Rabbit Shares How to Make Your Own Garden Tea Lights

Finished Tea Light all ready to light up the night, and adorable during the day too.

 Because I love, love, love these adorable garden lights and because unless you live within driving distance you can’t buy one from Running Rabbit Gallery, I am sharing the DIY directions for you.  Why can’t they be mailed? I haven’t figured out how to mail a 3 foot long copper stake cost-effectively–yet, so read on and make some garden fun!

Ingredients: I adore using demitasse-sized cups for these. I have seen others with full sized coffee and tea cups, but the tinier cups are perfect for holding a tea light candle.

cute cups make cute lights
Souvenir spoons are the perfect size

A nice touch is a tiny demitasse spoon, I keep my eyes open at garage sales and Good Will and snag all the itsy bitsy spoons I can. I scored a month ago and found a collection of souvenir spoons which are the perfect size and really cute too. Okay, cute as long as you don’t put them in a rack on the wall, in which case they slide right over to mildly granny-tacky.

You will need 1/2 inch diameter coppper pipe for stakes. You can buy it pre-cut which costs more, or you can pick up an inexpensive pipe-cutter and cut your own. Lowe’s or Home Depot is a great source.

1/2″ copper pipe caps. I get mine at Home Depot because the ones at Lowe’s have a slight curve to the top and your cup will not mount flush and flat, which guarantees good adhesion. If you have to get caps with a slight curve, make very sure you hammer the top flat before you glue them down.

E6000 Glue, available at both Joanne’s and Michaels. Best glue on the planet in my humble opinion.

First step: Glue the cup and saucer together with E6000. Make sure you glue the part of the cup that touches the saucer and then press them together and flip the cup over, saucer up.

Glue on the rim of the cup that touches the saucer.

Squirt some glue on the bottom of the cap and stick it down firmly.

Second step: Glue your flatbottomed cap on the bottom of your saucer and stick it down. Put this assembly aside to dry overnight. You want it really, really dry and adhered before you mess with fitting your copper stake. Save time and make a few more and set them aside too. While your cups are drying cut your stakes. You can make your copper stakes any length you want, short or tall, keep reading for the low down on pipe cutting.

Secured and ready for cutting

These are pipe cutters. There is one on the left for tiny pipe and the one on the right is for cutting larger pipe. We are using the one for larger pipe.

Third Step: Its pretty easy to cut your copper pipe. I am lucky to have a husband with a full on shop, not everyone is going to have a big old bench top vise. You will have to figure out how to hold your pipe steady to cut it. Two chairs and duct tape works for me. We had a ten foot pipe which made four 30″ stakes. The next step is to measure and mark your pipe.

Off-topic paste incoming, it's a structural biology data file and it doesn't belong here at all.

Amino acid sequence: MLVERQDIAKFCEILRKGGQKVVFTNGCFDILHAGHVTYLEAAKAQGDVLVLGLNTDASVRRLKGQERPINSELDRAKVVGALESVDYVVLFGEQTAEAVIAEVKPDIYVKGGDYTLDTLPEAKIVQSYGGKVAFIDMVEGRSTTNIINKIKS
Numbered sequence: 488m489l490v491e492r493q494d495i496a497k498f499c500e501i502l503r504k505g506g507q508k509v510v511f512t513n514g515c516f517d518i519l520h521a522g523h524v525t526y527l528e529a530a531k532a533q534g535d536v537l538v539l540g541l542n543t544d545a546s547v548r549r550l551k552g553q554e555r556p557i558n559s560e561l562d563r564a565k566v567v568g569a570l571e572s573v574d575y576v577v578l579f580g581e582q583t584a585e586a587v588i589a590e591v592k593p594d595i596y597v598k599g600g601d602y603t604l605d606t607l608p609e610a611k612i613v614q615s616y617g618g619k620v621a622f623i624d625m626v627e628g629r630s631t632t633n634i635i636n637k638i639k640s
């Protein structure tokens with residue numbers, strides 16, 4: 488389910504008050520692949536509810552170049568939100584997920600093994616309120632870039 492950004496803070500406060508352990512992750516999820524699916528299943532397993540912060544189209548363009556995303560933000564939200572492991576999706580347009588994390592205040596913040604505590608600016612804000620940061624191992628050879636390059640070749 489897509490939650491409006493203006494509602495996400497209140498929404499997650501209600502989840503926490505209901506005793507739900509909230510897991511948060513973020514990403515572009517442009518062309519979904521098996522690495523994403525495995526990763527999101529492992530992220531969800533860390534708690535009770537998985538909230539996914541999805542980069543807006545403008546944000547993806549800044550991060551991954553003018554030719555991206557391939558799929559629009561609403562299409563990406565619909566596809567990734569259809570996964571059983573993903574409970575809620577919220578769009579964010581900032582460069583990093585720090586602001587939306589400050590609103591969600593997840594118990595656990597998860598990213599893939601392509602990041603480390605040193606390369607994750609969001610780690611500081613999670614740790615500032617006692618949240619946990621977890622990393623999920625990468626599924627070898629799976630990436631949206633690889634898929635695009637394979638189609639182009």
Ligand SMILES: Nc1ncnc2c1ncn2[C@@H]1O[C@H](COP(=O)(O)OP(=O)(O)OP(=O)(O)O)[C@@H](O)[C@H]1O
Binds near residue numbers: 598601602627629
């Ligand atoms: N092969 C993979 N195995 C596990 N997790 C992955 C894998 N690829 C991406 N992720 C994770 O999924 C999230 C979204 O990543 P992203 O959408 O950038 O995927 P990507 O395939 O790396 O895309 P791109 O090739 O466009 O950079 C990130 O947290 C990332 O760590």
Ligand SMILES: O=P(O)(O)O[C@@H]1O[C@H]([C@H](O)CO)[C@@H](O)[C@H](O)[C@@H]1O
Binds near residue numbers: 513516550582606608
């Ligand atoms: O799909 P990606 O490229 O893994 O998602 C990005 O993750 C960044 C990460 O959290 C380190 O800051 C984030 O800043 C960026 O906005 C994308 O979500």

We measured and marked the pipe with a Sharpie marker before cutting.

Open the pipe cutter and place it around the pipe. Twist the knob on the pipe cutter until it feels snug, about a quarter turn.  Then, twist the pipe cutter around the pipe two or three times until it loosens up, tighten it again, about a quarter turn. Do the same thing and keep following these steps until the piple is neatly severed.

Pipe cutter fastened on and turning the knob about a quarter turn to tighten it.

Turn it two or three times and tighten again, its cutting a groove that will eventually cut through the pipe.

Fourth step: Now you have your stakes cut and your cups are thoroughly dry. Time to put the garden lights together. Put a squirt of glue into the cap that is dried on the back of the cup, carefully fit the stake into the cup. Don’t twist side to side, push straight down to avoid stressing the glue bond. Once the stake is fitted, turn it right side up and find somewhere to stick it while it sets.

Glue on the pipe or in the cap to set your stake.

Mount the stake in the cap and then turn it all rightside up to finish drying.

Fifth step: At this point you can adhere your cute spoon too. Dab E6000 on the bowl of the spoon where it touches the saucer, add a tiny dab where the handle rests on the rim for added strength. Let the entire assembly dry.

Souvenir spoons are fairly easy to find and look adorable. I'm keeping the one that has President Eisenhower on it. How cute is that?

After your Tea Lights–pun definitely intended, are completely dry plant them in your garden. How about along a path to illuminate it at night? Pop a tea light candle in and light it and you have a gorgeous light–and if you are using a porcelain cup the whole cup lights up from inside and looks absolutely fabulous. 

Tea light at night, beautiful no?

 If they get filled up with water during rain, no worries, pull them up pour out the water and pop them back in the ground. The glue should last for a good long time. I have one in my yard that has held up for three years. A nice thing is that if a cup should get knocked loose, you can fix it fast with your E6000 and be good to go again.

Finished and planted

If you decide you would like tea lights ready to put into your gardens or for gifts, you can order them from Running Rabbit for just  $15 each. These make a unique one of a kind presentation when you pop one in a plant for a gift. Don’t forget, you have to be close enough to Olympia, WA to get them in person, I still can’t figure out how to mail them….but I’m working on it.

 Enjoy! I’d love to hear how you made your own and how they turned out.

One thought on “Rabbit Shares How to Make Your Own Garden Tea Lights

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